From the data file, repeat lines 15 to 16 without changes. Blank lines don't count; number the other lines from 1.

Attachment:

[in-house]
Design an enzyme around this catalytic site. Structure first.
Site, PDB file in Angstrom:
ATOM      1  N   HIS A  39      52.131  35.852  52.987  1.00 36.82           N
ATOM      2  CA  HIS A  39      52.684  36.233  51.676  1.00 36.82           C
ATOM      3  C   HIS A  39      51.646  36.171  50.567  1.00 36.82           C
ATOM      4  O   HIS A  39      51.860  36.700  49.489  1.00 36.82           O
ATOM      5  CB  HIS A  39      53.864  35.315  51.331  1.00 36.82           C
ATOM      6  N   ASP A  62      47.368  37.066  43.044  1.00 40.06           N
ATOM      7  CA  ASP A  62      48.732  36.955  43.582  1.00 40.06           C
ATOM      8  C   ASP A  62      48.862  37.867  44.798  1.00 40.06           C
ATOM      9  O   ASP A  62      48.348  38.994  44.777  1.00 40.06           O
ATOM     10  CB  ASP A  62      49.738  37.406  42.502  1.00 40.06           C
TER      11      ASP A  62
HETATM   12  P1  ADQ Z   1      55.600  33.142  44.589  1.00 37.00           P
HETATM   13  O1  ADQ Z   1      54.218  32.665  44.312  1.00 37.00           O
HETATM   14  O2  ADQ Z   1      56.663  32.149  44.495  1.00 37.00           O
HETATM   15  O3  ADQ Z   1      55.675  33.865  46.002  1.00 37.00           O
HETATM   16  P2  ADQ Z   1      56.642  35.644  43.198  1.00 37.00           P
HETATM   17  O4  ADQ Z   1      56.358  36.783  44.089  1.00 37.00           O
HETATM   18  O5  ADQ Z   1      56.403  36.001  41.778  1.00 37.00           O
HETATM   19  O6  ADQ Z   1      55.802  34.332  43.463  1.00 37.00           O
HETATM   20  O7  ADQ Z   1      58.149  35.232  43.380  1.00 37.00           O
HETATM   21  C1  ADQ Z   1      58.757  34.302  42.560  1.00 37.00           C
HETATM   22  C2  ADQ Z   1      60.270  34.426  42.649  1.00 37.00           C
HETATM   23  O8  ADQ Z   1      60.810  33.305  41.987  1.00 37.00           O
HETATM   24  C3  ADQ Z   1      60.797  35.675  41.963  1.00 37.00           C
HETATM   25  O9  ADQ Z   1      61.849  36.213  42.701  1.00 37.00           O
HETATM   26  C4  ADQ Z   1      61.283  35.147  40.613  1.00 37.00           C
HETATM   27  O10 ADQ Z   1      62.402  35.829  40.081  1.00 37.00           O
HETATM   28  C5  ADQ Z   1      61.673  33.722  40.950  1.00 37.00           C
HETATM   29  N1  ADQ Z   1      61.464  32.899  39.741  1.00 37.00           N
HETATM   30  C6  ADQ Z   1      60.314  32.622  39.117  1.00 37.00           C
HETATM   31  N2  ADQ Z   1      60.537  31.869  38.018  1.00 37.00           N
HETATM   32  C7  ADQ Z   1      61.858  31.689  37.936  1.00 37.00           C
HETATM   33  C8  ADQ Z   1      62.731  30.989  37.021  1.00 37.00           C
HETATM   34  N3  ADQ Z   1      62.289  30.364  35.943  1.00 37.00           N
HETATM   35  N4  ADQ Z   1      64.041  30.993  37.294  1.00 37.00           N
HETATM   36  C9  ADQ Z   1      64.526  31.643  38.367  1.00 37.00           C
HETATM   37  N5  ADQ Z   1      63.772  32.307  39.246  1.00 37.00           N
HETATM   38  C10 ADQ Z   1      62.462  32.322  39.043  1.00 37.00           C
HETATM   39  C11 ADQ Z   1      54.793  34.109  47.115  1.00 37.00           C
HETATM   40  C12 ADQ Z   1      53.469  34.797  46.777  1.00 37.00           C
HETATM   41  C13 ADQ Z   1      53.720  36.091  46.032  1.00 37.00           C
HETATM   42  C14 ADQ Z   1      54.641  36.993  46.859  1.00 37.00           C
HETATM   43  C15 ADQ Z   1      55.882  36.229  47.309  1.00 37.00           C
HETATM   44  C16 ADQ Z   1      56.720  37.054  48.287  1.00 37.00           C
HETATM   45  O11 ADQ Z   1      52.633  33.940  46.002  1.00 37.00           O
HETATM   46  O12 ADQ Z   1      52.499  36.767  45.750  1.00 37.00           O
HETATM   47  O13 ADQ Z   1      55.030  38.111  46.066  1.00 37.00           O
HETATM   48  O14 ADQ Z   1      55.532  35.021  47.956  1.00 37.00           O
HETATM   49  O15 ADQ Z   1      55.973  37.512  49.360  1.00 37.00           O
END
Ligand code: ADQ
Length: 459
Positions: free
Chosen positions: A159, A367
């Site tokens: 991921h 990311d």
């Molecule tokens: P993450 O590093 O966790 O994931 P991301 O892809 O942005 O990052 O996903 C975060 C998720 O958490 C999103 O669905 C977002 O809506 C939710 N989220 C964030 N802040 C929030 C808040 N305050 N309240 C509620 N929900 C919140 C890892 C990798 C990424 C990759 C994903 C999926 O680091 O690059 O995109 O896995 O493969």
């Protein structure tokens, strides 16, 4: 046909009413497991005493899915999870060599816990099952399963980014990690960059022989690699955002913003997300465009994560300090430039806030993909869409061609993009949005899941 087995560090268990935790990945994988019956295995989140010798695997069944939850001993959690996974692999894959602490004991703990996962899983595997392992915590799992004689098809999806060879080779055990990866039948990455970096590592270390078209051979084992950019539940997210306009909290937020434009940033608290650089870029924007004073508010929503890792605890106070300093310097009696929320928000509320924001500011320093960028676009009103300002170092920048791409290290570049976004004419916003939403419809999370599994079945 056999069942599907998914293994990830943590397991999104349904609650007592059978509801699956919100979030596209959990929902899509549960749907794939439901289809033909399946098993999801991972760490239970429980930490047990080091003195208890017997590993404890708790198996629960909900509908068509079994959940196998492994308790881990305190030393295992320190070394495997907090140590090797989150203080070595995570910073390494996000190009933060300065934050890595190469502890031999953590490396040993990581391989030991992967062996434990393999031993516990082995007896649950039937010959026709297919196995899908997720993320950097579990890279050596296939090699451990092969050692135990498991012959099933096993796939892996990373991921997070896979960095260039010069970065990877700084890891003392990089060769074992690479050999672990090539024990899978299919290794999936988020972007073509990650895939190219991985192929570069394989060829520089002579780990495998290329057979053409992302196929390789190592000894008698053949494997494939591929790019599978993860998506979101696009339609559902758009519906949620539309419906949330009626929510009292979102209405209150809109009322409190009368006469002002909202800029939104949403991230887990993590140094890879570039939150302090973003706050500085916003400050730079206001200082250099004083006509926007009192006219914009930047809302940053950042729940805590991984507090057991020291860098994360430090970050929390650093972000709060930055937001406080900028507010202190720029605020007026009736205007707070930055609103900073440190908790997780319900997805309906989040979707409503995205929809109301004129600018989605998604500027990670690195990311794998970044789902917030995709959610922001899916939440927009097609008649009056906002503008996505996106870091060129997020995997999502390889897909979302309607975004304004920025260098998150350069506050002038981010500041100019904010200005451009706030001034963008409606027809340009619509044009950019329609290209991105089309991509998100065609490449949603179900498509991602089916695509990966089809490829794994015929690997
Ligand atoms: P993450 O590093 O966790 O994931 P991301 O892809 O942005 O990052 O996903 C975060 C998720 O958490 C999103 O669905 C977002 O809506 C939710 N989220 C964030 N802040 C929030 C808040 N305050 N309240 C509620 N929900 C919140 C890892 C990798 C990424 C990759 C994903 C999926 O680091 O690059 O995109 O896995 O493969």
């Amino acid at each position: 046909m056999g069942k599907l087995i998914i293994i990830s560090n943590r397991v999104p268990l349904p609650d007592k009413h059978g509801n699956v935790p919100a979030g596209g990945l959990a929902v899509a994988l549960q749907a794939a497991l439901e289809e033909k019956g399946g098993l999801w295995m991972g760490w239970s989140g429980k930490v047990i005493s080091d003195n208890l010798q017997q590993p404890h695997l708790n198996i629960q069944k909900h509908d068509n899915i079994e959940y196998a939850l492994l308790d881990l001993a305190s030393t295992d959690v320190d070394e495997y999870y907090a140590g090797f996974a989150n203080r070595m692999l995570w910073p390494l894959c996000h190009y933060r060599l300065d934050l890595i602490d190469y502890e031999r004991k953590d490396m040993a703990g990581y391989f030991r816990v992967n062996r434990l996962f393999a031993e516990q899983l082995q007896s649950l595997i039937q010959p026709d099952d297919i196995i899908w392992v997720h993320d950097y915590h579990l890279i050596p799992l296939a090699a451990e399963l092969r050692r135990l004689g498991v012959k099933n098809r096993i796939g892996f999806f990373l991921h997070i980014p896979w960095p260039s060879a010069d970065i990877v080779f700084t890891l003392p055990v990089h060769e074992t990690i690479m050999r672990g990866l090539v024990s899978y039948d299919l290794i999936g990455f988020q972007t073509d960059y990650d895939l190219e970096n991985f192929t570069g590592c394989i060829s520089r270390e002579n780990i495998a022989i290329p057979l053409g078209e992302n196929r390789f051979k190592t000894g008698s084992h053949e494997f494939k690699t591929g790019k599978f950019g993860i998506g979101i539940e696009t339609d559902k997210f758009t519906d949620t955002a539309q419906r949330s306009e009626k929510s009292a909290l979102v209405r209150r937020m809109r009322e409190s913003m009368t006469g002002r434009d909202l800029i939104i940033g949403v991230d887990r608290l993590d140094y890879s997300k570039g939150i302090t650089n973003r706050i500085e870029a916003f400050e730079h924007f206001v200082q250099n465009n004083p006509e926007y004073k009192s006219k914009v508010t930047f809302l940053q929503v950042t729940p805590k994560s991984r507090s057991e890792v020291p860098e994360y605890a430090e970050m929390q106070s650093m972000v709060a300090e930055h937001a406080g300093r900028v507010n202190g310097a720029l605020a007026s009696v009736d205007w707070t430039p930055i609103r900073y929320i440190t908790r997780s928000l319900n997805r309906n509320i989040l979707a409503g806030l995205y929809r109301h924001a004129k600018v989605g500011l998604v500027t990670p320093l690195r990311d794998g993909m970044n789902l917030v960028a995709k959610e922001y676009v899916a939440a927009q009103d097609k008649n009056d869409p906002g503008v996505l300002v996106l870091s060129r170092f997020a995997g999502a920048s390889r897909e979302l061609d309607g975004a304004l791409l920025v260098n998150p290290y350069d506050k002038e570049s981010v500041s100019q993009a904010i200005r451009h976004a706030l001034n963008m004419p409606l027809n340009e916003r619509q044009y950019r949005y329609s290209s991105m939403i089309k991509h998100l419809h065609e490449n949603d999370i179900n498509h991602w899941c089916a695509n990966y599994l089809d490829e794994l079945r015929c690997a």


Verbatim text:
HETATM   12  P1  ADQ Z   1      55.600  33.142  44.589  1.00 37.00           P
HETATM   13  O1  ADQ Z   1      54.218  32.665  44.312  1.00 37.00           O